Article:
Talk about your typical day at work.
I work with my staff of
cartographers and editors, working with sales, problem solving, and dealing
with our clients. I spend a lot of the day in
front of the computer emailing, tracking
numbers within spreadsheets, proofing maps,
and occasionally producing maps. As a
manager I am constantly looking at maps and
researching ways to create maps faster and
Robbyn Abbitt, Department of Geography, Miami University of Ohio
How do you keep up with GIS?
In order to
stay productive with the ever-changing field of
GIS, I frequently attend traning workshops.
It’s critical to take advantage of local GIS
user groups and workshops and to
have knowledge of other GIS users.
Any advice for people
thinking about a career in
My advice for those thinking about a career
in GIS is to investigate taking courses in
GIS. Many universities and colleges offer
professional certificate programs in GIS. By
completing these types of programs you
ensure a future employer that you have the
necessary training and education to be hired
into a GIS position.
considerably from one
location to another. The map
at right estimates salaries for
cartographers and mapping
technicians by state.
The U.S. Bureau of Labor
Statistics does not have
a separate category of
occupation simply called
“GIS analysts” or “GIS
GIS analysts who concentrate
on solving problems with
geographic methods are
In 2006, the median salary
for geographers was about
$61,000. The highest paid
GIS analysts are those who
create new software or design
databases; they are classified
In 2006, computer
engineers had median annual
earnings of about $77,000.
Web cartographer &
David Heyman, Axis Maps, Madison, WI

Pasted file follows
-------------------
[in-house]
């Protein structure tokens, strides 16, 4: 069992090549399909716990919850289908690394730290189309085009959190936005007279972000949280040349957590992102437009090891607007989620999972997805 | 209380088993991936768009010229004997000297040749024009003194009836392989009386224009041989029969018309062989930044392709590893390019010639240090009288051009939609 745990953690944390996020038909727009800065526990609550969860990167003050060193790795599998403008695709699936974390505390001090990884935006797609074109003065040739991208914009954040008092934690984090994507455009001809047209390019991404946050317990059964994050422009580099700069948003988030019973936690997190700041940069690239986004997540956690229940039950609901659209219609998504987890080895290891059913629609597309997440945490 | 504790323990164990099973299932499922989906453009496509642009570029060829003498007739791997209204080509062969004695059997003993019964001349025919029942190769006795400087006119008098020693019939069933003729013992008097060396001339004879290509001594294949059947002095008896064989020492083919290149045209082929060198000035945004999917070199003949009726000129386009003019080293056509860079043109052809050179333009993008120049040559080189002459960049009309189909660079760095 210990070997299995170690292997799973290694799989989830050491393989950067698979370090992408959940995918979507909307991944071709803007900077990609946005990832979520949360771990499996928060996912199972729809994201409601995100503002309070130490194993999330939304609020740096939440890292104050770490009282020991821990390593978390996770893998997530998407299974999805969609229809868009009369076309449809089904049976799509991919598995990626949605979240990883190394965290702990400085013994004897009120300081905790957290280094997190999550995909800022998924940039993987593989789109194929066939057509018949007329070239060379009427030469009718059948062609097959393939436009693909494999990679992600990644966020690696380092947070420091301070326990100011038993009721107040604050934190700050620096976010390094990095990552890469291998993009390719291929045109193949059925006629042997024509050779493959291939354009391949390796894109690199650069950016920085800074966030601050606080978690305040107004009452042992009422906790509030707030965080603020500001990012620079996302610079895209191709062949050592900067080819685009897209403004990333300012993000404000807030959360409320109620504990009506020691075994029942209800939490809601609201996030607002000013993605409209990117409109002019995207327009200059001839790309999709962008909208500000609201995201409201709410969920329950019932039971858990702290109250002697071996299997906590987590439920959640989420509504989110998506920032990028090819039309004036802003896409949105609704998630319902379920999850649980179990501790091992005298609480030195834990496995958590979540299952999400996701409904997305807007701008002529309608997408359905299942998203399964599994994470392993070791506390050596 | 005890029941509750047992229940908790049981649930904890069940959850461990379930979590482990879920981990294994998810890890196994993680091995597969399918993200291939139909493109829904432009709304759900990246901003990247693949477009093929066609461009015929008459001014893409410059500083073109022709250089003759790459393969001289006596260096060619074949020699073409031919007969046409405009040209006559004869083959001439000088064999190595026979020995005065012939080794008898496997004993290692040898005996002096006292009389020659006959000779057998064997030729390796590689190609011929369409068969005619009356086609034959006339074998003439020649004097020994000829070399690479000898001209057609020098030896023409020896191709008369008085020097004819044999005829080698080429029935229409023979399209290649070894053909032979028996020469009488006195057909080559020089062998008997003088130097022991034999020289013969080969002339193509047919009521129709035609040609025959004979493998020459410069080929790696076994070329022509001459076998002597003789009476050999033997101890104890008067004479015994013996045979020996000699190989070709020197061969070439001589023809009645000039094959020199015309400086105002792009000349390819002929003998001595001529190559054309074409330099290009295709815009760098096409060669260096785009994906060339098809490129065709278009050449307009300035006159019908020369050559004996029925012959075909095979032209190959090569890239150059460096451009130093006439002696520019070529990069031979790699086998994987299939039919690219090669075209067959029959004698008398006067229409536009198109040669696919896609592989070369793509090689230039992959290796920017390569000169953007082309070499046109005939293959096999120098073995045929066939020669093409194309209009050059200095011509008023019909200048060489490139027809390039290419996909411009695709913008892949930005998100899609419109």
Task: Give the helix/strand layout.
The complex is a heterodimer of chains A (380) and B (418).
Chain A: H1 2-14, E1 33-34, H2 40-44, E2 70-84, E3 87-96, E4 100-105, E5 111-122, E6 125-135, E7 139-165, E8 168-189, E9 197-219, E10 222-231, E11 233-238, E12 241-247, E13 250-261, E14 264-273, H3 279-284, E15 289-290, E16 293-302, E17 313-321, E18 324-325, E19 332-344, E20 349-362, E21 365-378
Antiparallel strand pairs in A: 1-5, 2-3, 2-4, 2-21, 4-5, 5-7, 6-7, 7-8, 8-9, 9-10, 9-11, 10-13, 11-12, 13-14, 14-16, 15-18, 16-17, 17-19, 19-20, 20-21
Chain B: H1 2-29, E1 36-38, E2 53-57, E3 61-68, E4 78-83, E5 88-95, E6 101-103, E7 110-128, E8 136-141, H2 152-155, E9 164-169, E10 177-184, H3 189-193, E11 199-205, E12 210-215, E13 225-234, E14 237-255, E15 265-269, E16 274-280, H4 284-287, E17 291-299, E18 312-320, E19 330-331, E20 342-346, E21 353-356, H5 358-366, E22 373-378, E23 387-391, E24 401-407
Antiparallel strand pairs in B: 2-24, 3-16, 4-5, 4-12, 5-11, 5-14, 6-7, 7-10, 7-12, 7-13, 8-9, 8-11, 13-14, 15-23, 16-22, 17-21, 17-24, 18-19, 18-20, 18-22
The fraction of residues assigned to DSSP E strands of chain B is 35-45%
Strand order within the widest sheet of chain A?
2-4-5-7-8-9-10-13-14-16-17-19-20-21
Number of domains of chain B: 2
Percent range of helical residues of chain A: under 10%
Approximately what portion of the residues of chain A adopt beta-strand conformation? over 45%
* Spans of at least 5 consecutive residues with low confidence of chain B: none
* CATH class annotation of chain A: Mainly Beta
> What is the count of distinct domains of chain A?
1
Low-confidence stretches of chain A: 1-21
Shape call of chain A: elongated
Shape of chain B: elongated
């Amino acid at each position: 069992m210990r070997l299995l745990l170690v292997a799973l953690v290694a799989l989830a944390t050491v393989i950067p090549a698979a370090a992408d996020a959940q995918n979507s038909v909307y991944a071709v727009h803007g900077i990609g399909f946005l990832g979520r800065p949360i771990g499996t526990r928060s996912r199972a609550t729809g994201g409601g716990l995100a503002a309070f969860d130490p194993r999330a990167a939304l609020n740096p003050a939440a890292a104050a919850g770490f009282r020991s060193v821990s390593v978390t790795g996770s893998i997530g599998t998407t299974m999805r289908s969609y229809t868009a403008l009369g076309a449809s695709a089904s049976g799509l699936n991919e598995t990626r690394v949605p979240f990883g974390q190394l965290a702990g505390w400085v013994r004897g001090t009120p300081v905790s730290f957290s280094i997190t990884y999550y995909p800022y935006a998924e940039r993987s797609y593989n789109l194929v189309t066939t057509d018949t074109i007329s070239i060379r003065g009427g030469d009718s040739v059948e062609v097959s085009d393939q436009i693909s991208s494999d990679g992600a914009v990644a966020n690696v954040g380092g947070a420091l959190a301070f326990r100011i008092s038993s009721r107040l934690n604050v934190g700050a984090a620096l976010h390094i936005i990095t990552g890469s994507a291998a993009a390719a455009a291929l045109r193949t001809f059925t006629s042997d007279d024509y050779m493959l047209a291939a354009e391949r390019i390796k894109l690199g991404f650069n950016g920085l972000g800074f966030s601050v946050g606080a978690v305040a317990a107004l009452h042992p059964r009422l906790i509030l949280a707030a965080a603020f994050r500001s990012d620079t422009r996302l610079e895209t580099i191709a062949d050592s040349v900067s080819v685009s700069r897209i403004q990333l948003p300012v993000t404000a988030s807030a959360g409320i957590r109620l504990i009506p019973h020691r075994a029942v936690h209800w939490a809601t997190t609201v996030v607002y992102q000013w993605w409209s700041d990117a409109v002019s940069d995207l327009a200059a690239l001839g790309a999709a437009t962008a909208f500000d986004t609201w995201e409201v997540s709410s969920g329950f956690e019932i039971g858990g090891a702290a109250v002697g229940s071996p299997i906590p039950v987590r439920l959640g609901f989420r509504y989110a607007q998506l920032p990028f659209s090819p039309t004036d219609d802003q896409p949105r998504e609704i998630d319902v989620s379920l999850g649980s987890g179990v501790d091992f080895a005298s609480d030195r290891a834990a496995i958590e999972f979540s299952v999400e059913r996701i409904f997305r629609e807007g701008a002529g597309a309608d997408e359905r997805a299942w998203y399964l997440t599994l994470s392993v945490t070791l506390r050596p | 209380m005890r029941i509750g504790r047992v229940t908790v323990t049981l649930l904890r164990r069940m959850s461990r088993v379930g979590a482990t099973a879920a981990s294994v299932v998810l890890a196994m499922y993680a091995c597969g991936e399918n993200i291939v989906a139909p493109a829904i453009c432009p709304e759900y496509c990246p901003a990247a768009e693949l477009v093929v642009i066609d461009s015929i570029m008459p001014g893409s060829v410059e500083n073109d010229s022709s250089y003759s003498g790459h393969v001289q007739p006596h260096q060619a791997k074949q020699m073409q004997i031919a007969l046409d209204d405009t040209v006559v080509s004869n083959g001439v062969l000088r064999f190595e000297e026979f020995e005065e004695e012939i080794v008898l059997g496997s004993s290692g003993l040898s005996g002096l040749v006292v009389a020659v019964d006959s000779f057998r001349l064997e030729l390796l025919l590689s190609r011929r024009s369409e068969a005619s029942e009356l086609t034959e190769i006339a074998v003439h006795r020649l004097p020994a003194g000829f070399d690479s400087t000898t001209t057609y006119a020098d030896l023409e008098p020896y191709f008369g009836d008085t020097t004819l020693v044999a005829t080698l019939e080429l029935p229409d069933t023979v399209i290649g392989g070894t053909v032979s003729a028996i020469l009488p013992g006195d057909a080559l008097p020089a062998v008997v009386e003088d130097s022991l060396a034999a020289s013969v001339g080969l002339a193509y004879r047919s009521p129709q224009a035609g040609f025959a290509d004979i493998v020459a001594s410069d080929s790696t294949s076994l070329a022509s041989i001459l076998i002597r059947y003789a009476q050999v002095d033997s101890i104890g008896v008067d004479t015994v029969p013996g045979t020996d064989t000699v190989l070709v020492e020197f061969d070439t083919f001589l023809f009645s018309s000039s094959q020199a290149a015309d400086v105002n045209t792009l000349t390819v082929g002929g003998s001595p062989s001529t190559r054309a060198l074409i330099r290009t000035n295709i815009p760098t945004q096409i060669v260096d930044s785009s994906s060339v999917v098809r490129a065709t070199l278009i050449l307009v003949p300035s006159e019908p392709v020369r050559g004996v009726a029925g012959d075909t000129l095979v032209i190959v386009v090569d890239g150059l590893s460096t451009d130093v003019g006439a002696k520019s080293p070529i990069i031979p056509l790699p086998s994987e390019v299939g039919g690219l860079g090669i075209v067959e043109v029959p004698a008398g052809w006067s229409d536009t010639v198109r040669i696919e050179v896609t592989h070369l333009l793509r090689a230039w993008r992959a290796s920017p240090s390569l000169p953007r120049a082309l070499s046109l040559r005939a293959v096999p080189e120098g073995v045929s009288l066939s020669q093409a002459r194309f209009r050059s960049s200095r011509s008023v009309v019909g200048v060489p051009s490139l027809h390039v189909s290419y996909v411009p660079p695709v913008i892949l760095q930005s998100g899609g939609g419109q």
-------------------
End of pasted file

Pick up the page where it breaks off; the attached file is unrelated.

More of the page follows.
David is a co-founder of Axis Maps, a cartography company
that focuses on “communicating information and the
opportunity to turn data into knowledge.” They create print,
interactive, and mash-up maps.
What’s a hot job in cartography/GIS these days?
Interactive cartography... Web services like Yahoo!, Microsoft,
and Google are letting people see geography in brand new
ways and the Internet has opened up a massive portal to
access and share data.
Any advice for people thinking about a career in
I think for a career in interactive cartography,
someone should have three core skill sets. First,
they should have a foundation in GIS and data
management. Second, they should have a desire to
design both maps and user interfaces.
Cartography is about the visual
communication of information and
great design is like great writing
or speaking; it leads to better
they should have some
programming knowledge to
actually put all their
great ideas to work.
How is a map made?
No matter what the purpose, making a map requires similar steps. Here is a
summary of some of the major steps involved in producing a map.
Where do you get the data to put on a map?
Geospatial professionals can collect and evaluate mappable information
, or second-hand from
aerial photographs, statistical reports,
Do you have to start with a blank computer screen every time?
Almost all maps now start with a base map that isn’t created specifically for
the map that’s being made. In most cases, someone (often the local, state, or
federal government) has already compiled detailed digital information, like
streets and rivers and boundaries, and that information is available for map
makers using GIS. Sometimes, the map maker needs to purchase data from
a “vendor” if the map is really specialized. Because
no map or analysis
is any good without accurate data
, it is important that databases